# Finding Tension with angles

## Homework Statement

A ball of weight 5 newtons is suspended by two strings as shown above. Determine the magnitude of each of the forces, T1 and T2. (Note: sin 37° = 0.6; cos37° = 0.8) T = mg

## The Attempt at a Solution

I couldn't go anywhere because I need a formula that uses sin or cos, and I can't remember any right now. Can anyone supply me with the equations and a start? And I'll attempt at the solution with that. Please.

Last edited:

Would this work? T x cos θ1 + T x cos θ2 = mg, where θ1 and θ2 are the angles the two sides.

berkeman
Mentor

## Homework Statement

A ball of weight 5 newtons is suspended by two strings as shown above. Determine the magnitude of each of the forces, T1 and T2. (Note: sin 37° = 0.6; cos37° = 0.8)

http://bb.mivu.org/courses/1/M-APhB1-S112-01/assessment/685f98ac2d604bddbf30b5bb28f9f01b/Q5.jpg

T = mg

## The Attempt at a Solution

I couldn't go anywhere because I need a formula that uses sin or cos, and I can't remember any right now. Can anyone supply me with the equations and a start? And I'll attempt at the solution with that. Please.

Would this work? T x cos θ1 + T x cos θ2 = mg, where θ1 and θ2 are the angles the two sides.

Oops, there I edited the first post and it should be there now.

Also, after I posted that second post, I realized that nowhere in there it had any variables for the length of the string, which likely play a part in here. So I think I'm not supposed to use that equation.

berkeman
Mentor
Oops, there I edited the first post and it should be there now.

Also, after I posted that second post, I realized that nowhere in there it had any variables for the length of the string, which likely play a part in here. So I think I'm not supposed to use that equation.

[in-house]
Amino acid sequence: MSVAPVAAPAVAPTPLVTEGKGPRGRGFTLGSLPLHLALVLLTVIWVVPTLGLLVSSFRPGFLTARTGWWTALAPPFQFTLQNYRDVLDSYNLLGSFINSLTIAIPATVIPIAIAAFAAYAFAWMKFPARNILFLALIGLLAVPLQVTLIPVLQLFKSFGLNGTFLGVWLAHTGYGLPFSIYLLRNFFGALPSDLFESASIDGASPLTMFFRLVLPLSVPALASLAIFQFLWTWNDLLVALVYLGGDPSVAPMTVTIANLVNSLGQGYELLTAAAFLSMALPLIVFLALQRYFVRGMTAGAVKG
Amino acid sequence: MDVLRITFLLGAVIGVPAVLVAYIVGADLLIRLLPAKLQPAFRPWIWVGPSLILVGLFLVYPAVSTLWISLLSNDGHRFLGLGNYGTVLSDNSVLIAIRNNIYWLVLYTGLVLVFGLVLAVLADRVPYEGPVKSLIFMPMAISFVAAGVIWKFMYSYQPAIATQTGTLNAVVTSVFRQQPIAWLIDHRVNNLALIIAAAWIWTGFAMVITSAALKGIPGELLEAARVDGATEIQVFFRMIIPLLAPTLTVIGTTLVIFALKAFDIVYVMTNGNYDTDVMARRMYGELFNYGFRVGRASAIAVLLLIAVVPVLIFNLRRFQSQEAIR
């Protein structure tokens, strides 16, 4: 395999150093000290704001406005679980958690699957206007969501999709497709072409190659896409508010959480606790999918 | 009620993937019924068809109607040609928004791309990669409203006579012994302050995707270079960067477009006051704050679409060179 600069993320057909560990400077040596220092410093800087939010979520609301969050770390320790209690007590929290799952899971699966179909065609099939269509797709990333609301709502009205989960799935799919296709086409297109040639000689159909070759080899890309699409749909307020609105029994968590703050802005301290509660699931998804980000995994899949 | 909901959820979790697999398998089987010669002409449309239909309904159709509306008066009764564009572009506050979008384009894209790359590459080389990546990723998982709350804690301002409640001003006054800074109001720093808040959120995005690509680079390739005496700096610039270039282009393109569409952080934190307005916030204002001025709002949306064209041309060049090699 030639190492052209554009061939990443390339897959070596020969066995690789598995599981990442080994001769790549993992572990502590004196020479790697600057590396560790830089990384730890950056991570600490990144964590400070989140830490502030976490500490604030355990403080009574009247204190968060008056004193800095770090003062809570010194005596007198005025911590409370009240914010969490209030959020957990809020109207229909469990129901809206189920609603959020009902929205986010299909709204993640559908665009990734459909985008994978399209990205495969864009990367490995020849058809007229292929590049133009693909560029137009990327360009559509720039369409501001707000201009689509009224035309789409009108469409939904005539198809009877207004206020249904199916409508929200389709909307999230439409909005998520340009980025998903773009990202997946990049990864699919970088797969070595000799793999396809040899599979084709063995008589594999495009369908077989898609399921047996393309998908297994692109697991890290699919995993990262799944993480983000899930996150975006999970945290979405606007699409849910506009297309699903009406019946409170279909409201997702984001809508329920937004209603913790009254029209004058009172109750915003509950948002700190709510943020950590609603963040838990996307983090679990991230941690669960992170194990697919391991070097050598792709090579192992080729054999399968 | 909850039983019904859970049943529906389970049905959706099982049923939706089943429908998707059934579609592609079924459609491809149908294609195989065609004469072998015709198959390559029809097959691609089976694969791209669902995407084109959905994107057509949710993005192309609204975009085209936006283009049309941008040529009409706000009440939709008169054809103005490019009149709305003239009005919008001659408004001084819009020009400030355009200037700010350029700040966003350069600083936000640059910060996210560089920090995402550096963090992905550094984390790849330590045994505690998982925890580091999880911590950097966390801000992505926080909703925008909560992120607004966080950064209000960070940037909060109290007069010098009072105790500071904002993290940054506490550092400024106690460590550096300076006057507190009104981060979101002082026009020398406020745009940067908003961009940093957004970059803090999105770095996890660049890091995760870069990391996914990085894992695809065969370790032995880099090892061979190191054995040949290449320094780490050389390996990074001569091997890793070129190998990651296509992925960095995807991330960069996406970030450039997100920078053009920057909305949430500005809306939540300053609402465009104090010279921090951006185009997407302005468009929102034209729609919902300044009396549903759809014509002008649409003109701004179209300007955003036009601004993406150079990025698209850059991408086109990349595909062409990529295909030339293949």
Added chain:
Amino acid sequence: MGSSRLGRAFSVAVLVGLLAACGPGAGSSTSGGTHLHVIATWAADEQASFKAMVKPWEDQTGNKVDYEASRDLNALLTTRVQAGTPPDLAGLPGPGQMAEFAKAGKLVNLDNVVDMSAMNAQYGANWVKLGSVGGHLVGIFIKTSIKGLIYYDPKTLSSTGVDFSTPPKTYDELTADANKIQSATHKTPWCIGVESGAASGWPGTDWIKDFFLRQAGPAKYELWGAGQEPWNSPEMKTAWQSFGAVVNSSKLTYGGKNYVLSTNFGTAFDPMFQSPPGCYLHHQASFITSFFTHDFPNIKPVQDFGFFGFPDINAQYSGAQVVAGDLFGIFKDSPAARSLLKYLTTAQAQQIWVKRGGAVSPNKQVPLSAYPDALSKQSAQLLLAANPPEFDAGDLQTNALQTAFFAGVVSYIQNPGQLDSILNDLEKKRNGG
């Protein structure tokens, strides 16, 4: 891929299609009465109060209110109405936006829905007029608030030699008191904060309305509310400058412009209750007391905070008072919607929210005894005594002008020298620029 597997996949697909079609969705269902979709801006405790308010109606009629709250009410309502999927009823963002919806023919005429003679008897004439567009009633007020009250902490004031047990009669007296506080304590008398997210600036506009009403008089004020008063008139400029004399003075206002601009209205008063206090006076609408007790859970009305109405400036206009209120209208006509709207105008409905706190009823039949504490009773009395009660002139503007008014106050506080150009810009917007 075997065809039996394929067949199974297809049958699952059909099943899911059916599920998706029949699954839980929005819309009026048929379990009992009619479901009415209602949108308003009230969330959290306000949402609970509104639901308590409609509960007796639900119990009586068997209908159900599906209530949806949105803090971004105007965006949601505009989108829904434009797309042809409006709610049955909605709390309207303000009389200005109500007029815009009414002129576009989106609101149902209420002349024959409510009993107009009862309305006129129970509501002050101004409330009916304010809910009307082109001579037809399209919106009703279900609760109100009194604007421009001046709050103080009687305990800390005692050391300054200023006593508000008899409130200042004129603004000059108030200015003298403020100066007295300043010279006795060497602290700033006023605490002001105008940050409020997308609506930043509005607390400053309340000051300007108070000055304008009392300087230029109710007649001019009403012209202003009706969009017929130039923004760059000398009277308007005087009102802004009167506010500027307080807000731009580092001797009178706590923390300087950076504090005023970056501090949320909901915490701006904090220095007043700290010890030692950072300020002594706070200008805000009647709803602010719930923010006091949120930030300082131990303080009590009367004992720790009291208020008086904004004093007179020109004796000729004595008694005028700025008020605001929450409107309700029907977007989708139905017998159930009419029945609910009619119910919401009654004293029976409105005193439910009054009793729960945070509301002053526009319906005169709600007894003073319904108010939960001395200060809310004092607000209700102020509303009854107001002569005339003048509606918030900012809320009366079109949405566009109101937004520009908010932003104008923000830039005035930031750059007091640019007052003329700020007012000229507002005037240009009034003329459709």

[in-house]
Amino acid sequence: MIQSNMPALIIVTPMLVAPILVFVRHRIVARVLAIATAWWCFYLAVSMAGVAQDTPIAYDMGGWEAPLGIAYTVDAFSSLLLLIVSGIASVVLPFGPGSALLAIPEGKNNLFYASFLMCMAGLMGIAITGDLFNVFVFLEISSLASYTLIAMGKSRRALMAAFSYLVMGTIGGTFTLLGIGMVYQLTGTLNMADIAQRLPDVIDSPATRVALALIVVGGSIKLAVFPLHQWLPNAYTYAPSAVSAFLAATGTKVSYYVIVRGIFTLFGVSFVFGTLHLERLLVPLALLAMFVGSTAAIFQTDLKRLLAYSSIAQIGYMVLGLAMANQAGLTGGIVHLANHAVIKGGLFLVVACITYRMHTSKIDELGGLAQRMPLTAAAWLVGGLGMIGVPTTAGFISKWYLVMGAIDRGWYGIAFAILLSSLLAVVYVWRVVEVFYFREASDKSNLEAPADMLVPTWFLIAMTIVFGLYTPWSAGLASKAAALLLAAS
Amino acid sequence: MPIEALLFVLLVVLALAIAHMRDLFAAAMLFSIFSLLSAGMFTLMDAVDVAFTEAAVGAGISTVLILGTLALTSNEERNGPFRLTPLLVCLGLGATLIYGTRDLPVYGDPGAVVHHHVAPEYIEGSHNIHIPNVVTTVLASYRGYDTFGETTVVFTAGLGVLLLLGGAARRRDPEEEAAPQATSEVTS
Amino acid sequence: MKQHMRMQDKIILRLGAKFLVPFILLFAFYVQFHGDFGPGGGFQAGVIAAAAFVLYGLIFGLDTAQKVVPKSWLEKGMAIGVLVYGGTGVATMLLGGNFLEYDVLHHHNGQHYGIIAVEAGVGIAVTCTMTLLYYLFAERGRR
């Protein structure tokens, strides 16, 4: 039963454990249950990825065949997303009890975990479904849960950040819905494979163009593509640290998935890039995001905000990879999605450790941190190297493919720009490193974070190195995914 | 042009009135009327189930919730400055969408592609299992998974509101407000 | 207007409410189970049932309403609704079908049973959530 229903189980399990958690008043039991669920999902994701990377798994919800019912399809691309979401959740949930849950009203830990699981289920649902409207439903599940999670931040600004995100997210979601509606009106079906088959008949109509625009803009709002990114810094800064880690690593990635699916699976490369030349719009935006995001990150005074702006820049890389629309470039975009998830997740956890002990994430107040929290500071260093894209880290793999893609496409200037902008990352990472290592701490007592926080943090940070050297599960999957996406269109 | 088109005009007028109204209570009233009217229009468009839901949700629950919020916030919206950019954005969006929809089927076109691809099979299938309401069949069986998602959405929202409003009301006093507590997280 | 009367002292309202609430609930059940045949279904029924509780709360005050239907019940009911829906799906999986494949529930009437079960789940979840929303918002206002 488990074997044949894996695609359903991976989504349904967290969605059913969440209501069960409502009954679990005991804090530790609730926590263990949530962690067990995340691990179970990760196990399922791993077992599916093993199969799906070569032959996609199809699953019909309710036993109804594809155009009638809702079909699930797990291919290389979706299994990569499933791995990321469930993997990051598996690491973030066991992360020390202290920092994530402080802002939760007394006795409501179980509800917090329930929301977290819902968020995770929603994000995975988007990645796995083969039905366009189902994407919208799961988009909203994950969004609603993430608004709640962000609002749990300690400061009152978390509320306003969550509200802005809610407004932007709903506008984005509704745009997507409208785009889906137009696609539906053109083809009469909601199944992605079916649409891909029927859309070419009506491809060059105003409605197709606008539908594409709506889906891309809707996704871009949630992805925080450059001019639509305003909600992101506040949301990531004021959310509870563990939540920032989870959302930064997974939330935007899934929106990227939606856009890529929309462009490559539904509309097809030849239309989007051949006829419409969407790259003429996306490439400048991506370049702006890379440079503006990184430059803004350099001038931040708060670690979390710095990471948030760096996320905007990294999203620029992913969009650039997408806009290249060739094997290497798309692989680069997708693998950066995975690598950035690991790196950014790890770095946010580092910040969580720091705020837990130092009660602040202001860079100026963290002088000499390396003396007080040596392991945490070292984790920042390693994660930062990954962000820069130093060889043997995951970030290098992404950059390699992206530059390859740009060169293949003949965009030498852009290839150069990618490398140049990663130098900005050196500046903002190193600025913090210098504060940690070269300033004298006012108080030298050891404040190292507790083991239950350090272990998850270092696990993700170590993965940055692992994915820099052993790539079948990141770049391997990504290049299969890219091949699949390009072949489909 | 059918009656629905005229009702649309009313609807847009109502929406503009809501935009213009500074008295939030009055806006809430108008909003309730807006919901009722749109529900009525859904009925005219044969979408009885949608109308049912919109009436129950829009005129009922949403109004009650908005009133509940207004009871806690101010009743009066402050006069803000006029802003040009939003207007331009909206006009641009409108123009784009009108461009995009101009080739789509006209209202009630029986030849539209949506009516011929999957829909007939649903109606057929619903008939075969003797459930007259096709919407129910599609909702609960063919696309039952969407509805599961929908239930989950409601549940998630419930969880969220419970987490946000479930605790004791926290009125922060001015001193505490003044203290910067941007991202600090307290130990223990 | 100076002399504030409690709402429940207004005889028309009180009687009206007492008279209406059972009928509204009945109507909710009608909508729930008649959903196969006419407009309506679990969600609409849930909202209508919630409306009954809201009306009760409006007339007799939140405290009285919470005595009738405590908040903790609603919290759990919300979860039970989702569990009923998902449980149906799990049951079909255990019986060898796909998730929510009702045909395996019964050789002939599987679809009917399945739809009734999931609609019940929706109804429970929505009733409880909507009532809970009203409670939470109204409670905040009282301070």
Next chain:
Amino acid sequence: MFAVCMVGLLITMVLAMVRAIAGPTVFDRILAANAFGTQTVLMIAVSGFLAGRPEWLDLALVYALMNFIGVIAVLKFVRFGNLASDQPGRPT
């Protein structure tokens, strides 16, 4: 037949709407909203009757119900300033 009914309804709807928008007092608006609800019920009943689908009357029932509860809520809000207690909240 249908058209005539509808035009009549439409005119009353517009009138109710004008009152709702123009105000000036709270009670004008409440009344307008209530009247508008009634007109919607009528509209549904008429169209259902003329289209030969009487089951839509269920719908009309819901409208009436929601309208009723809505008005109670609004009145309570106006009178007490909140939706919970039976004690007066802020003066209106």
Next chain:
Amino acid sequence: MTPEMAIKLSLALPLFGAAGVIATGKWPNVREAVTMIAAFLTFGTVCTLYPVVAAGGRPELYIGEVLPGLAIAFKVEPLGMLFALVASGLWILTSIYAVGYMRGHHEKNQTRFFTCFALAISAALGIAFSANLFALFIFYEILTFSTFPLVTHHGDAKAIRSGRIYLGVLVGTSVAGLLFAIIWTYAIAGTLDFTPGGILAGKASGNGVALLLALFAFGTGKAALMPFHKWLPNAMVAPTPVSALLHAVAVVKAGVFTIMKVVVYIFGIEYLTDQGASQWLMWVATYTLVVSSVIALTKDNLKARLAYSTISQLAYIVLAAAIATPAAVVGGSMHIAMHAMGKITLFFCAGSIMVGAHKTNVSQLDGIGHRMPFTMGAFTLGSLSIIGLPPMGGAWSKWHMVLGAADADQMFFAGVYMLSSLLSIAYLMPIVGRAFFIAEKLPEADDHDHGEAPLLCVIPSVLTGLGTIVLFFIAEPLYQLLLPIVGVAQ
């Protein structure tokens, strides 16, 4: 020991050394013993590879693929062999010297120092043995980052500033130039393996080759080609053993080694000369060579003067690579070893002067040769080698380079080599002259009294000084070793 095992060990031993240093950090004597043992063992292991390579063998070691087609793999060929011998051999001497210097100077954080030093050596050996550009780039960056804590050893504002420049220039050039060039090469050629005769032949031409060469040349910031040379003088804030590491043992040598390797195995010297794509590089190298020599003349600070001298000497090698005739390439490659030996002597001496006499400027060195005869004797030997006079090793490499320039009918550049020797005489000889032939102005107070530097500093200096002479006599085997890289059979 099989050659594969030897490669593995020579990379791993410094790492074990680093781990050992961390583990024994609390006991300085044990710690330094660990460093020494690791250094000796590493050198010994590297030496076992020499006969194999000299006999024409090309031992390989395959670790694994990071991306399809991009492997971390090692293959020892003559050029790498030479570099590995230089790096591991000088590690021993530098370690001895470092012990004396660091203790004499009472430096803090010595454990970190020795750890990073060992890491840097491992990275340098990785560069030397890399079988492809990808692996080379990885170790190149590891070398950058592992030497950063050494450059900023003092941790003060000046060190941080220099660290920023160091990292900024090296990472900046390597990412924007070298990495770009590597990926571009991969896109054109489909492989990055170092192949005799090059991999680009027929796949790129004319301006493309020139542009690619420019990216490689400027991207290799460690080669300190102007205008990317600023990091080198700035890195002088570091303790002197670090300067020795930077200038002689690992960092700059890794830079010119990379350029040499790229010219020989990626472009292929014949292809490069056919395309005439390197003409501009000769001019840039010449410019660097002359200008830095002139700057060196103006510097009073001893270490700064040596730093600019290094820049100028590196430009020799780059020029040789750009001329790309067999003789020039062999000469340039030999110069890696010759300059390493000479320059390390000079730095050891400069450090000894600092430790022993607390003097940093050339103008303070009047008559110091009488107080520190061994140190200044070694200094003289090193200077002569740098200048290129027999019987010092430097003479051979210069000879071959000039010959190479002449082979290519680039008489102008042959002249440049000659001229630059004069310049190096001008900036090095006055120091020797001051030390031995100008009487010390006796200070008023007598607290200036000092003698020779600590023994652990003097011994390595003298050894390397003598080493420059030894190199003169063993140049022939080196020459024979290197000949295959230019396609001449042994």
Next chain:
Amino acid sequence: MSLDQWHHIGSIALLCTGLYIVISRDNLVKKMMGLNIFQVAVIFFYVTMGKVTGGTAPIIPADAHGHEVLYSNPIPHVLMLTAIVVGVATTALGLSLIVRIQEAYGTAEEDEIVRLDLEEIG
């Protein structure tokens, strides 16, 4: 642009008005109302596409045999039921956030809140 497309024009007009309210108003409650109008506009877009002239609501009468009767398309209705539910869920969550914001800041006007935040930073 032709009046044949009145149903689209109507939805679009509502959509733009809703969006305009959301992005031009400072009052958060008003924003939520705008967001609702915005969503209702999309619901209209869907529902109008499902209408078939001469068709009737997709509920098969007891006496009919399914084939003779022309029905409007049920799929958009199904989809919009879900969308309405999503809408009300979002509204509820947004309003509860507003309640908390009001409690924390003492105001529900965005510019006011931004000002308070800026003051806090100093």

On these problems, always start by drawing a Free Body Diagram (FBD) of the object (the mass in this case). Show the forces on the object, including the force down due to gravity. Then write the two equations to sum all of the forces in the x and y directions to zero (since the object is not moving). then solve away!

I have one drawn right in front of me right now, but I just don't know what formula to use, or how to find ALL of the forces in both axis.

berkeman
Mentor
I have one drawn right in front of me right now, but I just don't know what formula to use, or how to find ALL of the forces in both axis.

How many forces act in the horizontal direction? What are they? Label forces in the +x direction positive, and forces in the -x direction negative.

How many forces act in the vertical direction? What are they? Forces up are positive, and forces down are negative.

Since the object is not accelerating, you know that the sum of the forces in the x direction needs to equal zero. Same thing for the y direction. Those are the two equations you write and solve for the tension forces.

In the x direction T1 - T2 = 0?

And in the y direction. T1 + T2 = mg?

So i'll have to use Trig to find the numbers for each axis, but the only number I have is length, how would that help me?

berkeman
Mentor
In the x direction T1 - T2 = 0?

And in the y direction. T1 + T2 = mg?

So i'll have to use Trig to find the numbers for each axis, but the only number I have is length, how would that help me?

That is much closer. Good.

But you need to use the "components" of the tensions in the x and y directions, and that is where the sin and cos functions come in. Those are used to resolve vectors (like the tension forces applied at angles) into their x and y components.

See the "Intro to Vector Mathematics" link at the bottom of this FBD tutorial, for example: